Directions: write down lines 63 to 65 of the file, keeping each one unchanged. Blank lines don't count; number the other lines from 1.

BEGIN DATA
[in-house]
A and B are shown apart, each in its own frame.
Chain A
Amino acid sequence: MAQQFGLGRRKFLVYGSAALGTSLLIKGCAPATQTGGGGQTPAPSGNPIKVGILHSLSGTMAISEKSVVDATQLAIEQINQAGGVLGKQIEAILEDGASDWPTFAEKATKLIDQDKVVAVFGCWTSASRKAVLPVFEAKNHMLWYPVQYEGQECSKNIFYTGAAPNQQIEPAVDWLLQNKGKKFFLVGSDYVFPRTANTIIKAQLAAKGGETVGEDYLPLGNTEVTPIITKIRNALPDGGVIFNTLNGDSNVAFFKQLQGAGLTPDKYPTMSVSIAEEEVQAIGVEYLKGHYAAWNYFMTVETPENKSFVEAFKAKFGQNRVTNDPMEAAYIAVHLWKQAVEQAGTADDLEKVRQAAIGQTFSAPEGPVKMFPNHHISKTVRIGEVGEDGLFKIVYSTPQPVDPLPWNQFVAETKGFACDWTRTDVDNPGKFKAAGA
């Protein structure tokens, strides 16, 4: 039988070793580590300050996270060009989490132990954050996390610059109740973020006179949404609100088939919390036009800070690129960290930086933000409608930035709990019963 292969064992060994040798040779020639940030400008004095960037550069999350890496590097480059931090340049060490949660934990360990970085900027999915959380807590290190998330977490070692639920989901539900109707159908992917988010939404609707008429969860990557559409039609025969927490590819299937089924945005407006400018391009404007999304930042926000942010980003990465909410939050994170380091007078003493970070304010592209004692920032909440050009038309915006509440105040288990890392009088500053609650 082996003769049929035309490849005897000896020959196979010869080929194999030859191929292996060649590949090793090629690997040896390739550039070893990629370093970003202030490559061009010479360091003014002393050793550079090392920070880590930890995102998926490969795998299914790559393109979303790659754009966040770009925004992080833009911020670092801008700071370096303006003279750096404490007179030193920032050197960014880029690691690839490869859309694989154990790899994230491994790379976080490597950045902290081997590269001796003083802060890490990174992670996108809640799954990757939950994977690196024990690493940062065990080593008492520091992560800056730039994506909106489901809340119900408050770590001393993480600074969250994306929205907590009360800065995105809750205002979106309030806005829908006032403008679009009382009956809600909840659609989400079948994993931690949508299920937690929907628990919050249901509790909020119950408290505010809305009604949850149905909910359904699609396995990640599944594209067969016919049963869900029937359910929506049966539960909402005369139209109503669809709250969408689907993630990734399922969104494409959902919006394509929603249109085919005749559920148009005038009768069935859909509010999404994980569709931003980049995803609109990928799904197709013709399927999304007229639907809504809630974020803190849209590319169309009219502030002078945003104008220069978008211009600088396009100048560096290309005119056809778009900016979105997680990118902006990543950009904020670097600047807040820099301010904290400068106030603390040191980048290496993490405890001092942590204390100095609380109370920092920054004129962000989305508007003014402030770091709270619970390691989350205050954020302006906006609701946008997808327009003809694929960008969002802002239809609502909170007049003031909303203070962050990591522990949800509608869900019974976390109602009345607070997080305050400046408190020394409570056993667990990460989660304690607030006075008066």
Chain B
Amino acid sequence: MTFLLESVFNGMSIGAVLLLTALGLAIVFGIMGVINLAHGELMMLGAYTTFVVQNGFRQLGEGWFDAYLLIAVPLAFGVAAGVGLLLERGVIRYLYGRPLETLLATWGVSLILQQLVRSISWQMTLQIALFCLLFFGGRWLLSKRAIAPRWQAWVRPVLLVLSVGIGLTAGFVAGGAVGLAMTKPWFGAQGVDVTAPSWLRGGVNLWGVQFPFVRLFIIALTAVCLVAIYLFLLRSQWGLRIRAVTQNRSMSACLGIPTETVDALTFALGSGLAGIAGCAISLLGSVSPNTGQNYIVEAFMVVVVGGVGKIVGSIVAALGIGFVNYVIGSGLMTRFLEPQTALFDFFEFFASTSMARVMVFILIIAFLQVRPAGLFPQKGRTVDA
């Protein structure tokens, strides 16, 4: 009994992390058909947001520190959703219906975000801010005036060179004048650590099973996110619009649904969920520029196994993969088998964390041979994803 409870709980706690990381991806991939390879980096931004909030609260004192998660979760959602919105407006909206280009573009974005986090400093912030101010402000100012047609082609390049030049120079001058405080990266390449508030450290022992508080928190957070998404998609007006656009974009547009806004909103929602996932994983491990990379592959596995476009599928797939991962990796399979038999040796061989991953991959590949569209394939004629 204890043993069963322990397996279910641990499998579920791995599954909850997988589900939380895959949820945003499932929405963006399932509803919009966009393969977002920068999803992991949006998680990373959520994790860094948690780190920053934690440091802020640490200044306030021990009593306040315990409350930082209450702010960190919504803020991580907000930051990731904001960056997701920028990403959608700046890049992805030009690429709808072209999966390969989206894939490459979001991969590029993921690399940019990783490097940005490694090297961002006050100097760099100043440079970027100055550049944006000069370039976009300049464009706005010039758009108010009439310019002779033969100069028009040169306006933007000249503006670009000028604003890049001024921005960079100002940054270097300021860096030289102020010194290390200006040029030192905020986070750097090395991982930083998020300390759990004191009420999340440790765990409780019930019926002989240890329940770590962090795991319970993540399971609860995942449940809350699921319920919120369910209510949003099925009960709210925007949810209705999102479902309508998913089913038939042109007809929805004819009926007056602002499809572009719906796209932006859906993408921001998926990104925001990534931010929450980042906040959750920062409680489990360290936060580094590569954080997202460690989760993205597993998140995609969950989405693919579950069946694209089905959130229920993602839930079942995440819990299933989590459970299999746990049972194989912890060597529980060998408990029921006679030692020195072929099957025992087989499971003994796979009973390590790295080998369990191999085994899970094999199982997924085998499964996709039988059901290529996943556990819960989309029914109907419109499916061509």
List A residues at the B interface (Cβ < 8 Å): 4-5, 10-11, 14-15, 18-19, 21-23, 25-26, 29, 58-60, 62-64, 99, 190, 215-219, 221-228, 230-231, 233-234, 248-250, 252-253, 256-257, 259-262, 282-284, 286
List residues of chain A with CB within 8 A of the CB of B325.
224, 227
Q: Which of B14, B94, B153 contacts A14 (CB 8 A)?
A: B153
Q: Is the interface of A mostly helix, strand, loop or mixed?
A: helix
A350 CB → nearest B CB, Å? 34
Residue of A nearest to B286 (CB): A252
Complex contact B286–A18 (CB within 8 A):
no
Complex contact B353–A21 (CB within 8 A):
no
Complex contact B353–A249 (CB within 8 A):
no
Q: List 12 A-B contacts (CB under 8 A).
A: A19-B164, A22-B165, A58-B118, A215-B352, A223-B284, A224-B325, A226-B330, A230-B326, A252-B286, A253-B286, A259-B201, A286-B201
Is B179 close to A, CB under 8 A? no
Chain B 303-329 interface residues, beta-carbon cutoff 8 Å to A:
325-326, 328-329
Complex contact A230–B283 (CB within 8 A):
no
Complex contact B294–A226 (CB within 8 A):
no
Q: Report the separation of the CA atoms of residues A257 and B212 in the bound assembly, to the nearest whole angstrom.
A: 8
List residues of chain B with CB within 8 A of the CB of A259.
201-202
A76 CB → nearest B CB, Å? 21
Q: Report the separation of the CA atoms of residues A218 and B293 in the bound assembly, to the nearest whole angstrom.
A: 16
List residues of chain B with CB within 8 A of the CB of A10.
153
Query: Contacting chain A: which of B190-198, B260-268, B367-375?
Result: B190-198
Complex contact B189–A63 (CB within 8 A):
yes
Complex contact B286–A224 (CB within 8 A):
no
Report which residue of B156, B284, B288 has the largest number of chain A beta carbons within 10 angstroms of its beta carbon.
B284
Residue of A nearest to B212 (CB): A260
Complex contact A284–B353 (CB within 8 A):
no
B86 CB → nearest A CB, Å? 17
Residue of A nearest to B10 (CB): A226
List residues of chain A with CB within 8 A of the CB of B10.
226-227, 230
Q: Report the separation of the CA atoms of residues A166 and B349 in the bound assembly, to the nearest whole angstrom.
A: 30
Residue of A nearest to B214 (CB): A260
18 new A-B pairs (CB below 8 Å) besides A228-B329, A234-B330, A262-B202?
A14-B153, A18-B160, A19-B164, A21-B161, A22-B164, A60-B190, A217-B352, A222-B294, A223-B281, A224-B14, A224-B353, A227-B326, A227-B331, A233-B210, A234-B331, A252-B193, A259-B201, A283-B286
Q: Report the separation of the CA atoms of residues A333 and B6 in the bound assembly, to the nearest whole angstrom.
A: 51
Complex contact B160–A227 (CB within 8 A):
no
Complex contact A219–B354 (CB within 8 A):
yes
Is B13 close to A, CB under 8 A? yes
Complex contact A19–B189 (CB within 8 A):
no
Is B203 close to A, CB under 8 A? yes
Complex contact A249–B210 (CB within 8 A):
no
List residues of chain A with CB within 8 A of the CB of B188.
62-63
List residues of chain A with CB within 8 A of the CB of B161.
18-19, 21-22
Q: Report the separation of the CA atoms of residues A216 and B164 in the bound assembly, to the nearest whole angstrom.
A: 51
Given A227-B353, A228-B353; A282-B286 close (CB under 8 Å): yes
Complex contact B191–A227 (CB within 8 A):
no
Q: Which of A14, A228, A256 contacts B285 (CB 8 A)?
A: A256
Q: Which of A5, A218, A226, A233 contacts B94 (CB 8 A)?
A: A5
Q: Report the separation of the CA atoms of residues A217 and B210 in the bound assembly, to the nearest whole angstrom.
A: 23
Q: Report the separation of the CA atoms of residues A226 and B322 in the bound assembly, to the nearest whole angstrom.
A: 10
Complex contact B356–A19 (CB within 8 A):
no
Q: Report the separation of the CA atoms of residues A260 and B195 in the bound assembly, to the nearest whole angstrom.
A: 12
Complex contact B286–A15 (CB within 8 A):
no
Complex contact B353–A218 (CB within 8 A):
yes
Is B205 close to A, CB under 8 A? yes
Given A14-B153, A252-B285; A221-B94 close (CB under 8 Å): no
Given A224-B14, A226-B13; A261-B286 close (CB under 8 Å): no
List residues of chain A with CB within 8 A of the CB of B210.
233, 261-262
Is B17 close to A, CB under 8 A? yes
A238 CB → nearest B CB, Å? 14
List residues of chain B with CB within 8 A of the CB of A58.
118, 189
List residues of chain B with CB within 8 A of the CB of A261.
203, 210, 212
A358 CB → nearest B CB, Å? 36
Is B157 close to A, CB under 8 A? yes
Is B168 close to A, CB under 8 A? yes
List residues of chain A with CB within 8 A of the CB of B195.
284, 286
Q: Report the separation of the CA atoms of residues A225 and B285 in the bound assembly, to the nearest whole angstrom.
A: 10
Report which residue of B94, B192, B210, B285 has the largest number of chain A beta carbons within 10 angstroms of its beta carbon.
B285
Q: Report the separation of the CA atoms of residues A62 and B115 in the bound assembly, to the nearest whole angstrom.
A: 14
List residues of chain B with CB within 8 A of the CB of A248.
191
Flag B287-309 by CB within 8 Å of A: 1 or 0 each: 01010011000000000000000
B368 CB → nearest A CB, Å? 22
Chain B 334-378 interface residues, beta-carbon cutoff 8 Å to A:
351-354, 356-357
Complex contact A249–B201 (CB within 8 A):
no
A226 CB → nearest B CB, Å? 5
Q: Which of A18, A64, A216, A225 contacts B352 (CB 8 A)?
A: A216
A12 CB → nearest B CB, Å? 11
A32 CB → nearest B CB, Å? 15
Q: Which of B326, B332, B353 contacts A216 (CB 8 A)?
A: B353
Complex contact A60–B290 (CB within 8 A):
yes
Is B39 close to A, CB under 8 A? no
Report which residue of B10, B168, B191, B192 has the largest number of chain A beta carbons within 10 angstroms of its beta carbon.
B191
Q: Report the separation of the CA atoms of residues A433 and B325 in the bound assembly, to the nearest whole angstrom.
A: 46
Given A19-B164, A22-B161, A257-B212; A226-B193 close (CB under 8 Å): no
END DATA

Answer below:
A: 51
Complex contact B160–A227 (CB within 8 A):
no